This collection of essays provides an excellent introduction to important aspects of contemporary Chinese social and political thought. Xu Changfu ranges widely – from interpretations of Marx by Chinese scholars to issues of global ecology. In so doing, he shows himself to be one of the foremost members of that body of Chinese thinkers who, while critical in many respects of the current regime, wish to remain true to the main thrust of the thought of Marx himself.
Xu Changfu begins, appropriately, with Marx. He outlines clearly the Party’s official version of Marx, other interpretations approved by the Party, and, most interestingly, current Marxological work on Marx which, while tolerated by the Party, is implicitly critical of many aspects of Chinese governance.
The second essay is a modified version of a paper that Xu Changfu was prevented from giving at a recent conference in China. And one can quite see why, in that he deals with the “de-theorization” and the “de-liberalization” of Marxism by the Chinese government. The former involves putting practice before theory and thus enables “Marxism” to mean whatever the government wishes while the latter involves an emasculation of what Marx himself meant by liberty.
The parallels between Marx and the under-estimated Chinese scholar Kang Youwei, who was roughly a contemporary of Lenin, are the subject of the third essay. Kang analyzed the potential of revolution in China from a global perspective. Although inherently conservative – or at least anti-revolutionary – Kang was remarkably prescient on China’s future. And Xu Changfu brings out well how both Kang and Marx would have viewed the catastrophes of the Great Leap Forward and the Cultural Revolution. He stresses finally how both would have seen the potential for freedom and democracy opened up by the reforms of Deng Xiaoping and the extent to which these have, as yet, been far from realized.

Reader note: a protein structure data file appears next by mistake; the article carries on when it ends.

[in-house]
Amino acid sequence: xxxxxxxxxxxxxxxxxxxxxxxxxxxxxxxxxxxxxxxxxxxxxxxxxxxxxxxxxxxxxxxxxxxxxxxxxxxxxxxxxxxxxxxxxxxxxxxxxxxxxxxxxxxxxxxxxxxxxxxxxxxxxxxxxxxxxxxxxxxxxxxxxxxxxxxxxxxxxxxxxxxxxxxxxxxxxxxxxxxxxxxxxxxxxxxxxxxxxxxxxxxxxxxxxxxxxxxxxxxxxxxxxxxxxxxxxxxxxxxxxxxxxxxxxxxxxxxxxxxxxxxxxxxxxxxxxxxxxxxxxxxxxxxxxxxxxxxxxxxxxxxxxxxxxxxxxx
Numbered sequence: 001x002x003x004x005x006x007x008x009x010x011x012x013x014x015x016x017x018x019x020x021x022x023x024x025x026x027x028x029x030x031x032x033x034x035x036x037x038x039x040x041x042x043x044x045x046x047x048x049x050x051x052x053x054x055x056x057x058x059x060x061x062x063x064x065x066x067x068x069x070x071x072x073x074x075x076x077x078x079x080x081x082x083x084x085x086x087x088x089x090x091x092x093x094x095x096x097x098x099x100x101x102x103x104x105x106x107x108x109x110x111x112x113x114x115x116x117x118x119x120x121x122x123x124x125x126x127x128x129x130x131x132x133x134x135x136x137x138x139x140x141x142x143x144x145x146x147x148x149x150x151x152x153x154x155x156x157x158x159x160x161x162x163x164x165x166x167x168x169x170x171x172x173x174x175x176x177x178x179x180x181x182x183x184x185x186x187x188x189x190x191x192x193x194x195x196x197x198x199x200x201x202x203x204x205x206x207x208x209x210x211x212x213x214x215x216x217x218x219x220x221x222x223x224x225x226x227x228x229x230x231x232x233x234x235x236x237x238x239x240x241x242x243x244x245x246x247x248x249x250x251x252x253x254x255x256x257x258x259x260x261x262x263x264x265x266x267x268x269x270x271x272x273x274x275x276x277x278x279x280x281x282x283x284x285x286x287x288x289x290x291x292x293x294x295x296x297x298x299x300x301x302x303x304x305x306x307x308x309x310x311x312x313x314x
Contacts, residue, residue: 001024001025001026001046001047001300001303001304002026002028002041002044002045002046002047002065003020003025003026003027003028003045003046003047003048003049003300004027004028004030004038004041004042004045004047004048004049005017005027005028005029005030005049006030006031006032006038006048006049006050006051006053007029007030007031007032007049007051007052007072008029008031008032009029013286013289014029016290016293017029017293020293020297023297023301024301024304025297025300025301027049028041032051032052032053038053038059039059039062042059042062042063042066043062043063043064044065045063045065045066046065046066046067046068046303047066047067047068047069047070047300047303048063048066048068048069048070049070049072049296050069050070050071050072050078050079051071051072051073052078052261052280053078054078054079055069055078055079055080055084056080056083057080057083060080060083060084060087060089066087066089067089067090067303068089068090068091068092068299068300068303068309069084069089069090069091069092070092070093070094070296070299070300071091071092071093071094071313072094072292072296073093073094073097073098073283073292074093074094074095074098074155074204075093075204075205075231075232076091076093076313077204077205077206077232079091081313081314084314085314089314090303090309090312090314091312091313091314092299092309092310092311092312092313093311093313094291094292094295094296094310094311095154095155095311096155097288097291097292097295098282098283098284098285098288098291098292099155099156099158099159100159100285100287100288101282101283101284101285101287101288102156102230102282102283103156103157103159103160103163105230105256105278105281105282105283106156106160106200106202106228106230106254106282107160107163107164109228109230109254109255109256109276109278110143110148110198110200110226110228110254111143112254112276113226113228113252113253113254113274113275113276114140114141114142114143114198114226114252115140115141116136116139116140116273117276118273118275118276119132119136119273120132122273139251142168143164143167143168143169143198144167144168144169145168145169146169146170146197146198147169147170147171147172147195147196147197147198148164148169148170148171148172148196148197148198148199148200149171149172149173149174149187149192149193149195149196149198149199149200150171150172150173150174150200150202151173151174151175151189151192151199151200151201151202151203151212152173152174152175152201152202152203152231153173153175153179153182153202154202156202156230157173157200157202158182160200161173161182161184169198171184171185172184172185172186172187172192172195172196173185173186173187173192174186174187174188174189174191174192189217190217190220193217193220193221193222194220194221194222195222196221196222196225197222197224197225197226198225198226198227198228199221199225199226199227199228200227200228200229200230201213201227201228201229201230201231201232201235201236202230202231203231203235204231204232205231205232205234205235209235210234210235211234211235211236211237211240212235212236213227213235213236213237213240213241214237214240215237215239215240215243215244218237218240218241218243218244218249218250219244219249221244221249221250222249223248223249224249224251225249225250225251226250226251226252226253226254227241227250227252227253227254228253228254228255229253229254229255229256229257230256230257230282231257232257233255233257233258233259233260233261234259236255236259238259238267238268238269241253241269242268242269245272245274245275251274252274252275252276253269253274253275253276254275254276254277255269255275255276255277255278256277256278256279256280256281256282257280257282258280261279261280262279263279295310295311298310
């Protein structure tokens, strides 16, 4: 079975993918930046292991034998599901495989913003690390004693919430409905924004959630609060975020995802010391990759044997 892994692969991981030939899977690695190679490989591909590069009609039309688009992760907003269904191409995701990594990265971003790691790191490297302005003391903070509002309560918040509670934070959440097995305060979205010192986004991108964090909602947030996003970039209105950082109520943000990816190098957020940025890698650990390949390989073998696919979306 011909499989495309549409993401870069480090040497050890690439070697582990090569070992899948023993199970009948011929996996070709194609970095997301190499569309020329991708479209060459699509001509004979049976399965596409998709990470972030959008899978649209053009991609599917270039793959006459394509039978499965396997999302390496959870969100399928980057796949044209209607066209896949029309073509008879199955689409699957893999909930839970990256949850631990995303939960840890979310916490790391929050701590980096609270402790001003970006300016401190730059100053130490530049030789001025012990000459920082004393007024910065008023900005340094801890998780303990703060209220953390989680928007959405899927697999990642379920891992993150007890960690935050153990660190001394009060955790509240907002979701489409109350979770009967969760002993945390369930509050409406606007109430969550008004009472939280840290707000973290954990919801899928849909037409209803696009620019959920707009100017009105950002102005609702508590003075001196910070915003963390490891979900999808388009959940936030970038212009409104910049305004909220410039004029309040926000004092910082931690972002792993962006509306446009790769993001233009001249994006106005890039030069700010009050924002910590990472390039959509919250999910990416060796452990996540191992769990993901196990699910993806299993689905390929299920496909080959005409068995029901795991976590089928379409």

The essay on practical wisdom strikes a slightly different note. It gives a most interesting account of the reception of Aristotle in China (a parallel, here, with that of Marx in the first chapter), concentrating on his concept of phronesis. Xu Changfu takes this “practical wisdom” as pointing to a middle way between dogmatic Marxism and dogmatic neo-liberalism. He concludes by outlining how his new thinking on “practical wisdom” could be beneficial to Chinese governance.
In the fifth essay, Xu Changfu poses the question: if capitalism is globalized, why cannot labor follow suit? This is a most pertinent topic, given current debates about immigration. Xu Changfu invokes Kant on the matter and points out that labor is now less globalized than it was in the nineteenth century. He then shows that Marx had a lot to contribute to this topic and concludes with an appeal, with special reference to China, for increased globalization of labor today.